^No, don't call it "personal canon," because that's a contradiction in terms. "Canon" means
official. It's the exact opposite of personal opinion. In its literal definition, it means what the church defines as official doctrine or accepted holy texts. Canon comes from the institution, not from the individual.
The mistake people make when speaking of fictional canon is treating "canon" as though it were a value judgment, rather than simply a description of a category. It's certainly a value judgment in its religious usage, but it shouldn't be in a fictional context. It doesn't mean "what's true" or "what's real," since it's all made up, after all. Any long-running canon ignores or contradicts parts of itself, so whether something is canon has nothing to do with whether it's treated as "real."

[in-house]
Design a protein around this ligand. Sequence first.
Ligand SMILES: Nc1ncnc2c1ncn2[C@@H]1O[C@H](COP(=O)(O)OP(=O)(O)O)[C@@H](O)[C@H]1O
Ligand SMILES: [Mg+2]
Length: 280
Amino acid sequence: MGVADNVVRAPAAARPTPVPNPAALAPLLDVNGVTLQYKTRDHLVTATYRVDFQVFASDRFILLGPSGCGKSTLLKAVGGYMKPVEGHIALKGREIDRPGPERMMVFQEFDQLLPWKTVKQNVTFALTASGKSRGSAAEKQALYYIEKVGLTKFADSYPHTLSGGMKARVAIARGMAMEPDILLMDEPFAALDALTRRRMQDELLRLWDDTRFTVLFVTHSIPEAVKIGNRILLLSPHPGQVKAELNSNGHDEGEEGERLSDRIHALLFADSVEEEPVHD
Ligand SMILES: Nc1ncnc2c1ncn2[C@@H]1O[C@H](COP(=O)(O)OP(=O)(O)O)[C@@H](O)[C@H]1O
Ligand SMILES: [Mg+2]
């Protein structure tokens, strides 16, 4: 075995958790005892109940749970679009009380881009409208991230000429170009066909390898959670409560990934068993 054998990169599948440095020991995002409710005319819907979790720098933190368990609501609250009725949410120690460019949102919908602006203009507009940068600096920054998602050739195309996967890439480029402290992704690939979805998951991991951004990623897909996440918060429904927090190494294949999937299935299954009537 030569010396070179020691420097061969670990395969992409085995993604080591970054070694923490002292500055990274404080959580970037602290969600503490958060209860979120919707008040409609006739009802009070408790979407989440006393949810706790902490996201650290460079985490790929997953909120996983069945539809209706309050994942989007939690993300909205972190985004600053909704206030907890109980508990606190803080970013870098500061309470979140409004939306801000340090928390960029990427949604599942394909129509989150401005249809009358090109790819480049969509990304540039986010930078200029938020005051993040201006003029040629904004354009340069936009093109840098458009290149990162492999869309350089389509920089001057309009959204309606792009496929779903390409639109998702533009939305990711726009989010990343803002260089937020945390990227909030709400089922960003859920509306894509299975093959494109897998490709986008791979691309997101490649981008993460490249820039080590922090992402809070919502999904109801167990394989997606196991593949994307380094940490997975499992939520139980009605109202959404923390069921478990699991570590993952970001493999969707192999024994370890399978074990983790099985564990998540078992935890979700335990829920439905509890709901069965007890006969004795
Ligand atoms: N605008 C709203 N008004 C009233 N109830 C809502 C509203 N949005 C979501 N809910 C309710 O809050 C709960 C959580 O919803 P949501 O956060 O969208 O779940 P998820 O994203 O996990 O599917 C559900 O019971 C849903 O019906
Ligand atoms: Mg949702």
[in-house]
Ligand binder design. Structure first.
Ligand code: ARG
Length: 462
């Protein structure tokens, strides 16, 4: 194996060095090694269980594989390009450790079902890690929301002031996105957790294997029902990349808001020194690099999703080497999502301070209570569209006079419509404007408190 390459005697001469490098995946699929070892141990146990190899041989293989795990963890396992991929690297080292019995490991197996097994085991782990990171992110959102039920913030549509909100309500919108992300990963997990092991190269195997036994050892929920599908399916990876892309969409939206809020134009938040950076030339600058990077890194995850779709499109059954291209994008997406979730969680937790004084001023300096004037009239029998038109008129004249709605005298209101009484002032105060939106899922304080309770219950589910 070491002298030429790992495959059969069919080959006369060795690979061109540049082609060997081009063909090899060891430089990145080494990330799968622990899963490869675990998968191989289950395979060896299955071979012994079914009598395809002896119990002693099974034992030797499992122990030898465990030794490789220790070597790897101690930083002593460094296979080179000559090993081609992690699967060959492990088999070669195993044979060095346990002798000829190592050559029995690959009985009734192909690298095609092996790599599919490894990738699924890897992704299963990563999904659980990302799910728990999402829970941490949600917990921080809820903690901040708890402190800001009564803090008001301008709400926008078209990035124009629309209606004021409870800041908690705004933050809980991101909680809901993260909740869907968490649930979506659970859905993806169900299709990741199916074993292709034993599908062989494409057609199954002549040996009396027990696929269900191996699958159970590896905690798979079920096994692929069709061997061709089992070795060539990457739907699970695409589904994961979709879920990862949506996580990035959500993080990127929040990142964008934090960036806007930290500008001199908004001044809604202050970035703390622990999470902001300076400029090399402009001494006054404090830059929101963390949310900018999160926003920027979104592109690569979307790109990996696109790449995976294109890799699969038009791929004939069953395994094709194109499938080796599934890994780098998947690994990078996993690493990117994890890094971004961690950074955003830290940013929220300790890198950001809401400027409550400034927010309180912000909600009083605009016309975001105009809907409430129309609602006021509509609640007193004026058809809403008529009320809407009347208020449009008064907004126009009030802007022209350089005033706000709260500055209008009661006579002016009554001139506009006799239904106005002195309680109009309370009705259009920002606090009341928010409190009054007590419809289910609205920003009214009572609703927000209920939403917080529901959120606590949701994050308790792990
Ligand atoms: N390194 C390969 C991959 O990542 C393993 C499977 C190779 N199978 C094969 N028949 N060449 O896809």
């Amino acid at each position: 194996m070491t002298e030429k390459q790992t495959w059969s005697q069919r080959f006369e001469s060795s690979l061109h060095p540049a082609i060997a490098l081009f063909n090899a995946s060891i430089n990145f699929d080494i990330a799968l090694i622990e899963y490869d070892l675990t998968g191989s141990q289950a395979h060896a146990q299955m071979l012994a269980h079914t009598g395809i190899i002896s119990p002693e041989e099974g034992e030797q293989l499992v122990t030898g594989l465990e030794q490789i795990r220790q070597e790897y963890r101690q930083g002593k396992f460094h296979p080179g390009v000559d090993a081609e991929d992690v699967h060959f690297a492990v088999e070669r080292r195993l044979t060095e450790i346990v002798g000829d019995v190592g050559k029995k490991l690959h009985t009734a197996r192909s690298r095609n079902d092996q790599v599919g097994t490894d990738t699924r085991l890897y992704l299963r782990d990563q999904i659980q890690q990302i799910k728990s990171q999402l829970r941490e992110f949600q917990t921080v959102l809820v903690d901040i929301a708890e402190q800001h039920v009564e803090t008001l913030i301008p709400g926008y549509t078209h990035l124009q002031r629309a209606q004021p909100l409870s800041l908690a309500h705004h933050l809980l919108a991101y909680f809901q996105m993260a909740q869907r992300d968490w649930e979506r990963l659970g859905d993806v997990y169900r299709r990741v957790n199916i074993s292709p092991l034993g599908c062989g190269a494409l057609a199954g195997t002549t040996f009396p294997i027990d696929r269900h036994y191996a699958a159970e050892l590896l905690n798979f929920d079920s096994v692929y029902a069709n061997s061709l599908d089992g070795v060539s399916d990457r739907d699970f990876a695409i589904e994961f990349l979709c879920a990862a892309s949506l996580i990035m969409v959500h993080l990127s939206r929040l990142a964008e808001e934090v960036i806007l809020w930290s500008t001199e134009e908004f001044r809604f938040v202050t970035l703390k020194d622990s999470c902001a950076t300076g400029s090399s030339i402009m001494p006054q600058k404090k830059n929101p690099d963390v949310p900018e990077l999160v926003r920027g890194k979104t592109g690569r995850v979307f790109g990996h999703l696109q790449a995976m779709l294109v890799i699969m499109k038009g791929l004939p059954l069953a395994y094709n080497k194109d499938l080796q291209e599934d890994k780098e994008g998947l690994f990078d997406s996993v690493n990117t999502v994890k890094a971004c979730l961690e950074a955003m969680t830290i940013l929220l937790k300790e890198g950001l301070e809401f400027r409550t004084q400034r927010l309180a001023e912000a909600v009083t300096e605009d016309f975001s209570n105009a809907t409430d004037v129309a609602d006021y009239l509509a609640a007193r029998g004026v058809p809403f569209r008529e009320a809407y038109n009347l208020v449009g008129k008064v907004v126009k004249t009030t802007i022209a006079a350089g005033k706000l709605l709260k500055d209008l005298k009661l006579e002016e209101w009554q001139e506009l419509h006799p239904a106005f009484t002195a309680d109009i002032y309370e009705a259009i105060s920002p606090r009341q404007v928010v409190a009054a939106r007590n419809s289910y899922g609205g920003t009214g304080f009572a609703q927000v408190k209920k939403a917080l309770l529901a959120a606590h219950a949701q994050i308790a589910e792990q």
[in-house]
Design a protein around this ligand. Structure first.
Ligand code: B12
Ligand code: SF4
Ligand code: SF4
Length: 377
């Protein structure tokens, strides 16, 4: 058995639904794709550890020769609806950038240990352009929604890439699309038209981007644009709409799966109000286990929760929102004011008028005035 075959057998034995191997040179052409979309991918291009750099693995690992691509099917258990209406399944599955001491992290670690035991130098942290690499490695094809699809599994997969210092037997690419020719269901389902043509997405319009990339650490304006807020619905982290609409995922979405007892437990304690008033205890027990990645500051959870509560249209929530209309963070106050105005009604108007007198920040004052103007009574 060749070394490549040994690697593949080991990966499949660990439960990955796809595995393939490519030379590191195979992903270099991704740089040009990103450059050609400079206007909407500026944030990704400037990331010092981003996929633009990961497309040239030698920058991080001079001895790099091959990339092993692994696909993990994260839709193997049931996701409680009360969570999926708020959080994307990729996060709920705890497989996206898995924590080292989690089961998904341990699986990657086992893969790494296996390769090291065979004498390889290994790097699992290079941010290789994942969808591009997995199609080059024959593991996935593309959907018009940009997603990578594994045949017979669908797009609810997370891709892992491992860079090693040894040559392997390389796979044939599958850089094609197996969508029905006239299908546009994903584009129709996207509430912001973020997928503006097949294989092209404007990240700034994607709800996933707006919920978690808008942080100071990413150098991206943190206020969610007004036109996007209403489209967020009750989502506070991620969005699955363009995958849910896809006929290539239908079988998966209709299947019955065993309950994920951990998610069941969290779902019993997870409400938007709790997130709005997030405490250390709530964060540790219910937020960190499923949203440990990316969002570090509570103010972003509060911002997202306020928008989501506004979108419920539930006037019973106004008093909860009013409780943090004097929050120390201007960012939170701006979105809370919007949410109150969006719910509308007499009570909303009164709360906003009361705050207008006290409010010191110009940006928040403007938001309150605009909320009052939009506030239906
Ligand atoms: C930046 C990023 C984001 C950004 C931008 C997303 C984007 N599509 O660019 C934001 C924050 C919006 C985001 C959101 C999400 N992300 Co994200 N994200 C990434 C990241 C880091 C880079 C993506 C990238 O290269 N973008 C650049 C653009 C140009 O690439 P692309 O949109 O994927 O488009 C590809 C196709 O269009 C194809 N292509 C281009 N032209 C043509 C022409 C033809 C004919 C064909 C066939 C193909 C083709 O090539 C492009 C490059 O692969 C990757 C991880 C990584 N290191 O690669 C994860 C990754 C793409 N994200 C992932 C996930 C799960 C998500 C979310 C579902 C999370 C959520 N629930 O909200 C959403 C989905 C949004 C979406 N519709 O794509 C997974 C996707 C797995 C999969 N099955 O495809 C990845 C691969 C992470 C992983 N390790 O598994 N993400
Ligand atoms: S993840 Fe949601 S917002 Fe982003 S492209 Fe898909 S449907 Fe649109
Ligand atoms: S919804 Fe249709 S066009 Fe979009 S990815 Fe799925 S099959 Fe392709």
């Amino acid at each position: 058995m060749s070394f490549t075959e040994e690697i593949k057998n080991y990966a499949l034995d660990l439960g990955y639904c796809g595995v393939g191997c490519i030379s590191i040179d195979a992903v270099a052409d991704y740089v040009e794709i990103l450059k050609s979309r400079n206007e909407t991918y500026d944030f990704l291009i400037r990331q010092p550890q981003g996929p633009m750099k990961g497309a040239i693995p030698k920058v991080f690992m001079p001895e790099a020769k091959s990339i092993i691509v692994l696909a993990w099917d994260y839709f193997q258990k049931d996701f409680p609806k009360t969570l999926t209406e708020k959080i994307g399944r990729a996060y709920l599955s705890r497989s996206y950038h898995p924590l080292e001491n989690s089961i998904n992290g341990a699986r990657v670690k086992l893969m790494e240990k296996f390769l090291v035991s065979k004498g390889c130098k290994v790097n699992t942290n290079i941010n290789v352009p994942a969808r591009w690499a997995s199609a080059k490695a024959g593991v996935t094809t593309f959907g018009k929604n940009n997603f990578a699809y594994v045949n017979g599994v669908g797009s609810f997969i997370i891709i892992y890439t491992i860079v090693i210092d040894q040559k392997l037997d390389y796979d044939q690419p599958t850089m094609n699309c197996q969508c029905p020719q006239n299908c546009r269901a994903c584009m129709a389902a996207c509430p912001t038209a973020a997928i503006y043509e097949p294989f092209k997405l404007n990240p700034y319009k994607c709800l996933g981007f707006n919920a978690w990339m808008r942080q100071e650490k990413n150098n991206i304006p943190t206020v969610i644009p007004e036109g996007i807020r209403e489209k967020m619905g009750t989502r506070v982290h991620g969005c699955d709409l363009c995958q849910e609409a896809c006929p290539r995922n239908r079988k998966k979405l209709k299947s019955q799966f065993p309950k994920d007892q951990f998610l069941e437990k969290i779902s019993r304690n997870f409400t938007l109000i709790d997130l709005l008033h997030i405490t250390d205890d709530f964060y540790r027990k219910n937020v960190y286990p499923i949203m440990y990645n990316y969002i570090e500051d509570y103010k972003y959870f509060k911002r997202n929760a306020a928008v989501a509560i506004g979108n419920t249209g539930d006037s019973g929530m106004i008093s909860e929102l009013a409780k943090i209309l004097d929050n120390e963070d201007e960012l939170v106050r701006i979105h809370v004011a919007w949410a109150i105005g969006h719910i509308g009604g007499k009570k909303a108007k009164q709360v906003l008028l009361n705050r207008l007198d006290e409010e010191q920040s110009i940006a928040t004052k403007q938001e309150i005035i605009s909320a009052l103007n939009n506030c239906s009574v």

Canon is canon whether you accept it or not. Personally I don't consider "The Alternative Factor" or "The Counter-Clock Incident" or "Threshold" or various other episodes to have happened. I don't count them in my personal continuity
. But I still accept that they are part of the canon, because "canon" simply means "the original body of work as distinct from derivative works." That they are part of the canon is simply a fact, not an opinion or value judgment. Something can be part of the canon and still be disregarded by the individual.